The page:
Wednesday, October 14, 2015

Do Israeli withdrawals lead to peace?

Since 1949, Israel has occupied and withdrawn from territories that are much larger than its internationally accepted area (which is about 21,000 square kilometers). Below I have drawn up a table of occupations.

Only two withdrawals have resulted in, or from, peace agreements: The 1979 withdrawal from Sinai was the result of a treaty with Egypt and the 2005 treaty with Jordan was the result of a partial withdrawal from the West Bank (in reality it was more of a ceding of control) resulting from the Oslo agreement.

Only once did Israel withdraw for very clear reasons of international pressure; In 1956 when it occupied both Sinai and Gaza. Most other withdrawals are the result of internal Israeli dynamics and/or military conflict, though international pressure may have play some role.

The key finding is that only if withdrawals were preceded by a peace treaty did they lead to (some kind of) peace. The imposed 1956 withdrawal actually made the situation more volatile: Nasser misinterpreted it as proof of his power leading him to overplay his hand in 1967.

If the objective of "BDS" (supporters of sanctions against Israel) is a forced Israeli withdrawal than that will mostly likely not lead to "peace".  Of course what BDS mean by peace is ambiguous: The extermination of Israel could be said to be a form of peace.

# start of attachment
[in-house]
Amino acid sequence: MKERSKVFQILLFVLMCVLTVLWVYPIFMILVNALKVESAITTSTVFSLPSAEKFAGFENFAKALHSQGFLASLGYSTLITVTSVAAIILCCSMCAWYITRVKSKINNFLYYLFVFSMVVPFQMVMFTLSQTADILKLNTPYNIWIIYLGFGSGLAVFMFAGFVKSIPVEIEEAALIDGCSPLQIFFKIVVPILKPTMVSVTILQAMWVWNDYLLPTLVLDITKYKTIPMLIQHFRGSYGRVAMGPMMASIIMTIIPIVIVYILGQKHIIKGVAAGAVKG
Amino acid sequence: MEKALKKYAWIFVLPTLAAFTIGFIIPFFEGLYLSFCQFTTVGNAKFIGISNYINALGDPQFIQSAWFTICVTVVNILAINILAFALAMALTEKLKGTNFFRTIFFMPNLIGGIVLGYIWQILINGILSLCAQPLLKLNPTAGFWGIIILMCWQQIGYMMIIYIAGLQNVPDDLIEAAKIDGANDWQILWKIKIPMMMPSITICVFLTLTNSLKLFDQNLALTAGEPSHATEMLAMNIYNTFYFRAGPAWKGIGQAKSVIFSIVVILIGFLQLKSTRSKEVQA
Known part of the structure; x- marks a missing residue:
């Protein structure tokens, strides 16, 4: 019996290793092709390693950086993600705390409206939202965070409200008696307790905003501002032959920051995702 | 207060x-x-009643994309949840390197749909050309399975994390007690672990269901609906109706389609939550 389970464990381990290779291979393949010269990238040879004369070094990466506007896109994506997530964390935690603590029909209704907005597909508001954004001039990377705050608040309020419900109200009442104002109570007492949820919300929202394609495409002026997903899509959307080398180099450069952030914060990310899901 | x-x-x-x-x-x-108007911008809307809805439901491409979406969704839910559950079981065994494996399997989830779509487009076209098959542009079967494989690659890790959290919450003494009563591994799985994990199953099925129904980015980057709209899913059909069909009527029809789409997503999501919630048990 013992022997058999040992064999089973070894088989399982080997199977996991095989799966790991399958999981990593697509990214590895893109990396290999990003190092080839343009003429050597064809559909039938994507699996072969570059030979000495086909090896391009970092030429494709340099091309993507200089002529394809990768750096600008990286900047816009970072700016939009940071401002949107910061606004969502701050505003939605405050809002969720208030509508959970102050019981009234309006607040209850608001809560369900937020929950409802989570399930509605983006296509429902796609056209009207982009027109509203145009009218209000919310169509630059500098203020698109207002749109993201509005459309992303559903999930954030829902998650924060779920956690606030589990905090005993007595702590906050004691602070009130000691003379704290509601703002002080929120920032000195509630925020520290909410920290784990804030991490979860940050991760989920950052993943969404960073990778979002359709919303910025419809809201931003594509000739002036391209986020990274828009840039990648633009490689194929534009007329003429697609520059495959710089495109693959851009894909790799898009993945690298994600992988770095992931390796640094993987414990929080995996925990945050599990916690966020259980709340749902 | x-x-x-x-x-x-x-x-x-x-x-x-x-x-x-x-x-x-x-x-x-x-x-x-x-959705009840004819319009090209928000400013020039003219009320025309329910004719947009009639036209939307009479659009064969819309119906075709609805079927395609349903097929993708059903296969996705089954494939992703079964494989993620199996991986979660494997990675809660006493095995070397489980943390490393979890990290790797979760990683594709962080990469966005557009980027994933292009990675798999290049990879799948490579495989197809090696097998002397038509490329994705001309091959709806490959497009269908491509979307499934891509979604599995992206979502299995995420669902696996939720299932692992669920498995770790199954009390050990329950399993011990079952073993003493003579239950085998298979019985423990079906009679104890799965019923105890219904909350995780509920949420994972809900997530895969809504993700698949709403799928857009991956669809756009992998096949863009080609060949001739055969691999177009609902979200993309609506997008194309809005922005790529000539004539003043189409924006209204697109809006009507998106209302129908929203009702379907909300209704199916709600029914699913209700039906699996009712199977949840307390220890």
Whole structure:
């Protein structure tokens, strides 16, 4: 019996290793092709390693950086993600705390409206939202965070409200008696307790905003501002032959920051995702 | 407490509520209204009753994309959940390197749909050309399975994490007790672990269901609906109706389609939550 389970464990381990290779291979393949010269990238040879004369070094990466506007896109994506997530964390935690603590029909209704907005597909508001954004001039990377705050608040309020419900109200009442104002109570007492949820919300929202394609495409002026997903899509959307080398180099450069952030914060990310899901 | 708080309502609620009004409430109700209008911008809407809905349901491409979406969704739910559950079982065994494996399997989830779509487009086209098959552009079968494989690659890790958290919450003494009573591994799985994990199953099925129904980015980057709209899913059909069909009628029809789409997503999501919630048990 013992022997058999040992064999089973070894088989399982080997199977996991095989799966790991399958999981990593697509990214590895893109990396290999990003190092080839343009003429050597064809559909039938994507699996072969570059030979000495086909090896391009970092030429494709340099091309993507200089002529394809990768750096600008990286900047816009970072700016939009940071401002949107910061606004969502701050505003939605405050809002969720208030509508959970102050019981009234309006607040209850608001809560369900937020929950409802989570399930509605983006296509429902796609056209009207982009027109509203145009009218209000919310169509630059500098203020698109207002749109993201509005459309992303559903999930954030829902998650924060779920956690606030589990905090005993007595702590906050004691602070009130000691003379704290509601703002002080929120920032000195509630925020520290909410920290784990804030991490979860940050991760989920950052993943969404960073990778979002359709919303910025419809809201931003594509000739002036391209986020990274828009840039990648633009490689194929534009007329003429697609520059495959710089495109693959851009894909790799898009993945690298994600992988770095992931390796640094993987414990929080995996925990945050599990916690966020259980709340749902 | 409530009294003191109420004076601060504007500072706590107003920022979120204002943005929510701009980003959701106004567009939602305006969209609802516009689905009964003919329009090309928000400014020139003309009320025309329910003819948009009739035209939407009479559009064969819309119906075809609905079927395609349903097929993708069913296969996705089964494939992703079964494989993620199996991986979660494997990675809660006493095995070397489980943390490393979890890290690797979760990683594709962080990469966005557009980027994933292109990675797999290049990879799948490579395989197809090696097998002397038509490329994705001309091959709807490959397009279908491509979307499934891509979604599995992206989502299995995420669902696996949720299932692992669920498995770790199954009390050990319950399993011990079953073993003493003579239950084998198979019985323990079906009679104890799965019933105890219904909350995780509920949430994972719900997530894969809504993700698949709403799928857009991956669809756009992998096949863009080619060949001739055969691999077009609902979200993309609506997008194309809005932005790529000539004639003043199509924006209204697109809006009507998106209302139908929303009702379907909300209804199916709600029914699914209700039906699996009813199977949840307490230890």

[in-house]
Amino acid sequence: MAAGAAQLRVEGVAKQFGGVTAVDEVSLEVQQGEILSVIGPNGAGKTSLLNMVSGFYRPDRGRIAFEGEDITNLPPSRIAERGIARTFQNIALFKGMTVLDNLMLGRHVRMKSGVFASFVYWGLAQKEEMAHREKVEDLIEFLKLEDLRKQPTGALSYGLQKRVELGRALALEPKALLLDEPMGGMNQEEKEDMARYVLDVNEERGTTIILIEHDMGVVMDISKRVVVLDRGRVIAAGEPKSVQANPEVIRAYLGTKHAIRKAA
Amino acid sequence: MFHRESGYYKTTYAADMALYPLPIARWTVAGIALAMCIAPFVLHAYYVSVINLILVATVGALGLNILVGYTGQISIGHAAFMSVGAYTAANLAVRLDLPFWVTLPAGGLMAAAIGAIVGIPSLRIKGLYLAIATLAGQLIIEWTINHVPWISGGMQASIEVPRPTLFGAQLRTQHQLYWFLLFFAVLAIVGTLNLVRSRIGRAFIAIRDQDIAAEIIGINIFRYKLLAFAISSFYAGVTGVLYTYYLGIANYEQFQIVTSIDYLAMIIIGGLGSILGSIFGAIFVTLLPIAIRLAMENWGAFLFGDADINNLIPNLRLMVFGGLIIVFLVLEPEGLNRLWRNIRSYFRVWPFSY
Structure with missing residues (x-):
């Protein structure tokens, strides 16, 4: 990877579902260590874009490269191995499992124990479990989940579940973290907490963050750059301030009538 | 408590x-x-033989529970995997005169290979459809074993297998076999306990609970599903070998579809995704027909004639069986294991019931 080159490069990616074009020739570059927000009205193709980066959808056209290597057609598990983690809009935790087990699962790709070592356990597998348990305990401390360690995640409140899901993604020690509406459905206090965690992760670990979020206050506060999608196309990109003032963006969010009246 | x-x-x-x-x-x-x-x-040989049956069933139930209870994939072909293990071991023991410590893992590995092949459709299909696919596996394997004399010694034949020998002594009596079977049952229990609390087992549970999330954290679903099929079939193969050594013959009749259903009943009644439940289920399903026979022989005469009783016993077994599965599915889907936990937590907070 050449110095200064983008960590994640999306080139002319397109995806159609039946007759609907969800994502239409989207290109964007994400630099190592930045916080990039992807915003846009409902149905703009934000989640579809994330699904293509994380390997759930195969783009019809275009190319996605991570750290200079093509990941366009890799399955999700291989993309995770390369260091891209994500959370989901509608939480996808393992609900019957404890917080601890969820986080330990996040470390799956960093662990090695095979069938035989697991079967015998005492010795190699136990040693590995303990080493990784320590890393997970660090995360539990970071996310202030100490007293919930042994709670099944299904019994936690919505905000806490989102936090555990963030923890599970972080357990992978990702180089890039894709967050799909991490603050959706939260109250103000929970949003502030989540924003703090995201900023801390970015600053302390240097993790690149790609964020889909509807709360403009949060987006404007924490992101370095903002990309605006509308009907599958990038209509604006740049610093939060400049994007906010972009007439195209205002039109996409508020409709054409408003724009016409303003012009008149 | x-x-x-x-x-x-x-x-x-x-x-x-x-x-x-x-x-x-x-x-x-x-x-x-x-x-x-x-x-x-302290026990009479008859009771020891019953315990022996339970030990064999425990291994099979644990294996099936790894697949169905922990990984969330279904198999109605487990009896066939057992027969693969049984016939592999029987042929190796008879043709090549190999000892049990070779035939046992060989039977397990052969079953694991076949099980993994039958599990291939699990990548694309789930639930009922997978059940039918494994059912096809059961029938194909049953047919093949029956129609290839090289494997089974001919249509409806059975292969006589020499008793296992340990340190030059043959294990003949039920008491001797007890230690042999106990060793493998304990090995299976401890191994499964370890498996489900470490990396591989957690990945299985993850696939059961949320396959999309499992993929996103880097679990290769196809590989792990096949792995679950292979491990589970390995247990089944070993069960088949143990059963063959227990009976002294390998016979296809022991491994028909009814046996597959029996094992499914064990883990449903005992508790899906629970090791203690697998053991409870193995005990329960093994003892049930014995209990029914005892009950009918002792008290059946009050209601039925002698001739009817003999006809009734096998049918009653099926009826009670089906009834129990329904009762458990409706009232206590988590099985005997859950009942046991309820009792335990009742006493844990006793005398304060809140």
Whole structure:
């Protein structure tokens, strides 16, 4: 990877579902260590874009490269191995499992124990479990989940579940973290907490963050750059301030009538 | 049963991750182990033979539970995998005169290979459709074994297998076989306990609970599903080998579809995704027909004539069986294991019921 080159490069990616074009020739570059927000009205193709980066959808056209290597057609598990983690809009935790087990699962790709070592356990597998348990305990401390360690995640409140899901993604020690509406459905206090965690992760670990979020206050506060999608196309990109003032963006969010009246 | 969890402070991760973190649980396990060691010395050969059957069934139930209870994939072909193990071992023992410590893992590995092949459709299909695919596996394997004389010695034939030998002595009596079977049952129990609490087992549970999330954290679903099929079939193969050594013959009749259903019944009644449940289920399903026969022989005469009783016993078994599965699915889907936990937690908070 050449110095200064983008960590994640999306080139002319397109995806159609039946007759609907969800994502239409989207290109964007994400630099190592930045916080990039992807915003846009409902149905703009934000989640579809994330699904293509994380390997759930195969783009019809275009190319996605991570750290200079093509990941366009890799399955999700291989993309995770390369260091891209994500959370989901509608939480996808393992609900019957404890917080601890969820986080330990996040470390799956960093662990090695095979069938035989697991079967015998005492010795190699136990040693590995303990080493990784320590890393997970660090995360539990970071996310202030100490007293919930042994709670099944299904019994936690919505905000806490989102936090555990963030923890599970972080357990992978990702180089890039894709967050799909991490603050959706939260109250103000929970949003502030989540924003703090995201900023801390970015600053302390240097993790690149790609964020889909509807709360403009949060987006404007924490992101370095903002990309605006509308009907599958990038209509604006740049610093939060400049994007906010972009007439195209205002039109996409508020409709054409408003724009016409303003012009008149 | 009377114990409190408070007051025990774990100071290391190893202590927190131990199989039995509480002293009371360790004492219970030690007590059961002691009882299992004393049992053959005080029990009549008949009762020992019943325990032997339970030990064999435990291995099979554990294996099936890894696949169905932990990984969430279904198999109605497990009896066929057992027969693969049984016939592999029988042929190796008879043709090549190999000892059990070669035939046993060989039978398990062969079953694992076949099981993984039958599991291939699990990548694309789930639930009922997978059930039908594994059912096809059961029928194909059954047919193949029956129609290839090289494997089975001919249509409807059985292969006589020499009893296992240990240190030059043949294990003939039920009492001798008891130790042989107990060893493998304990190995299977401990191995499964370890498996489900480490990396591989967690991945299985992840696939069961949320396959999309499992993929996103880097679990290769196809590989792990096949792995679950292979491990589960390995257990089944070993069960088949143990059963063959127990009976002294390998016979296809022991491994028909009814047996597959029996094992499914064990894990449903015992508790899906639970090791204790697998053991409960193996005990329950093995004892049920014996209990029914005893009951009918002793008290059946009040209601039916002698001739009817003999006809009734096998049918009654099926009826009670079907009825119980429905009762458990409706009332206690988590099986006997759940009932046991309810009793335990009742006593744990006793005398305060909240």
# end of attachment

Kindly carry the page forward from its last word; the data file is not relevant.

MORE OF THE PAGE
The Israeli withdrawal from Gaza has, arguably, not improved conditions there and it seems safe to assume that unilateral withdrawal from the West Bank would lead to exacerbated conflict.

Can you force Israel to talk to the Palestinians and then force the talks to lead to an agreement?
Pressure only on Israel would give the Palestinians an incentive to stiffen their conditions and could make agreement harder. BDS have never pressured the Palestinians (or condemned their anti-Semitism), which is one of the many reasons that BDS lacks credibility.

In 1938 the British forced Palestinian Arabs and Jews to negotiate in London. The Arabs refused even to use the same door as the Jews and would not sit in the same room. No agreement was reached, so the British imposed one of their own: The 1938 White Paper. It's hard to say how much the White Paper changed the future, except that it did make the Holocaust much worse.

Territory
Total Area in square kilometers
Date of Occupation
Date of Withdrawal
Cause of withdrawal
Did it lead to a peace treaty?
Sinai
60,000 
1956
1956
US & USSR demands
No
Gaza
360
1956
1956
US & USSR demands
No
Sinai
60,000
1967
1979
Peace treaty with Egypt
Yes 
Gaza
360
1967
2005
Israeli internal pressures / Hamas attacks
No
Golan Heights
1,800  
1967
N-A


West Bank
5,640  
1967
1993 Ceded control of 20%
Shared control of another 20%
Treaty with PLO
Yes (but with Jordan) 
South Lebanon
2,000 (estimate)
1978
1978
UN Security Council demand
No
South Lebanon
2,000 (estimate)
1982 (included brief occupation of Beirut)
2000
 Israeli internal pressures / Hezbollah attacks
No